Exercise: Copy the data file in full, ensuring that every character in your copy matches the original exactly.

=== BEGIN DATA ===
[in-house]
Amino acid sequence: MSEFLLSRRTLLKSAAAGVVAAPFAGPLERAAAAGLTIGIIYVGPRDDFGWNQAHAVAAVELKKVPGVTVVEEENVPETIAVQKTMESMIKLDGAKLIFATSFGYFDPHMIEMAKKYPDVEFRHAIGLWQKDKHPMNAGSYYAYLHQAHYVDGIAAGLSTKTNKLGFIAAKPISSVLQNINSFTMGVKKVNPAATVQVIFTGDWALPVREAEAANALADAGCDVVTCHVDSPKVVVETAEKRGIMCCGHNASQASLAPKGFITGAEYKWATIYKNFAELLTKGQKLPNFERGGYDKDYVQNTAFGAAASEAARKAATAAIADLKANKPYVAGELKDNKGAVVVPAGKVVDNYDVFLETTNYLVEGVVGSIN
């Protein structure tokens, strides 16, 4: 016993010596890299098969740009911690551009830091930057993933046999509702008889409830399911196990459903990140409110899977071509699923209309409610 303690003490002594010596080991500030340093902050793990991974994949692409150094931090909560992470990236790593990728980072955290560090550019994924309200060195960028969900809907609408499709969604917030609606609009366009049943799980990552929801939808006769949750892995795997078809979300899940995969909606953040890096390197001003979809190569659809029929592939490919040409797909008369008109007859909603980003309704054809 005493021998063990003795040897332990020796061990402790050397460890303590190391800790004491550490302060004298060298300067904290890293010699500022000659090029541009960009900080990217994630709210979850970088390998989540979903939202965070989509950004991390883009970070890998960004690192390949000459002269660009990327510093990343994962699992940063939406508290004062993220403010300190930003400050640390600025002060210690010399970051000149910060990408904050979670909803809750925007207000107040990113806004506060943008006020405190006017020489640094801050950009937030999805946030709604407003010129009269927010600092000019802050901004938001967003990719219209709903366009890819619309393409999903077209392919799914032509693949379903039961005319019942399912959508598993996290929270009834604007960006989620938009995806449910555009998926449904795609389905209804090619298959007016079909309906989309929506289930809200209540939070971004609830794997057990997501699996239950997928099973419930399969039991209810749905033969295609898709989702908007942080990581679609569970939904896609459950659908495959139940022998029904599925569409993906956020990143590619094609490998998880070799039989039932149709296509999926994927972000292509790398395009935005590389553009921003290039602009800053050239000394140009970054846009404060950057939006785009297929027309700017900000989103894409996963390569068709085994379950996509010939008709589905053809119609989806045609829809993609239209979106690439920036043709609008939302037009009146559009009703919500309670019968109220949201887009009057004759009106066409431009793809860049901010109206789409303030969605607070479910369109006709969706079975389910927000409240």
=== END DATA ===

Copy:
[in-house]
Amino acid sequence: MSEFLLSRRTLLKSAAAGVVAAPFAGPLERAAAAGLTIGIIYVGPRDDFGWNQAHAVAAVELKKVPGVTVVEEENVPETIAVQKTMESMIKLDGAKLIFATSFGYFDPHMIEMAKKYPDVEFRHAIGLWQKDKHPMNAGSYYAYLHQAHYVDGIAAGLSTKTNKLGFIAAKPISSVLQNINSFTMGVKKVNPAATVQVIFTGDWALPVREAEAANALADAGCDVVTCHVDSPKVVVETAEKRGIMCCGHNASQASLAPKGFITGAEYKWATIYKNFAELLTKGQKLPNFERGGYDKDYVQNTAFGAAASEAARKAATAAIADLKANKPYVAGELKDNKGAVVVPAGKVVDNYDVFLETTNYLVEGVVGSIN
């Protein structure tokens, strides 16, 4: 016993010596890299098969740009911690551009830091930057993933046999509702008889409830399911196990459903990140409110899977071509699923209309409610 303690003490002594010596080991500030340093902050793990991974994949692409150094931090909560992470990236790593990728980072955290560090550019994924309200060195960028969900809907609408499709969604917030609606609009366009049943799980990552929801939808006769949750892995795997078809979300899940995969909606953040890096390197001003979809190569659809029929592939490919040409797909008369008109007859909603980003309704054809 005493021998063990003795040897332990020796061990402790050397460890303590190391800790004491550490302060004298060298300067904290890293010699500022000659090029541009960009900080990217994630709210979850970088390998989540979903939202965070989509950004991390883009970070890998960004690192390949000459002269660009990327510093990343994962699992940063939406508290004062993220403010300190930003400050640390600025002060210690010399970051000149910060990408904050979670909803809750925007207000107040990113806004506060943008006020405190006017020489640094801050950009937030999805946030709604407003010129009269927010600092000019802050901004938001967003990719219209709903366009890819619309393409999903077209392919799914032509693949379903039961005319019942399912959508598993996290929270009834604007960006989620938009995806449910555009998926449904795609389905209804090619298959007016079909309906989309929506289930809200209540939070971004609830794997057990997501699996239950997928099973419930399969039991209810749905033969295609898709989702908007942080990581679609569970939904896609459950659908495959139940022998029904599925569409993906956020990143590619094609490998998880070799039989039932149709296509999926994927972000292509790398395009935005590389553009921003290039602009800053050239000394140009970054846009404060950057939006785009297929027309700017900000989103894409996963390569068709085994379950996509010939008709589905053809119609989806045609829809993609239209979106690439920036043709609008939302037009009146559009009703919500309670019968109220949201887009009057004759009106066409431009793809860049901010109206789409303030969605607070479910369109006709969706079975389910927000409240």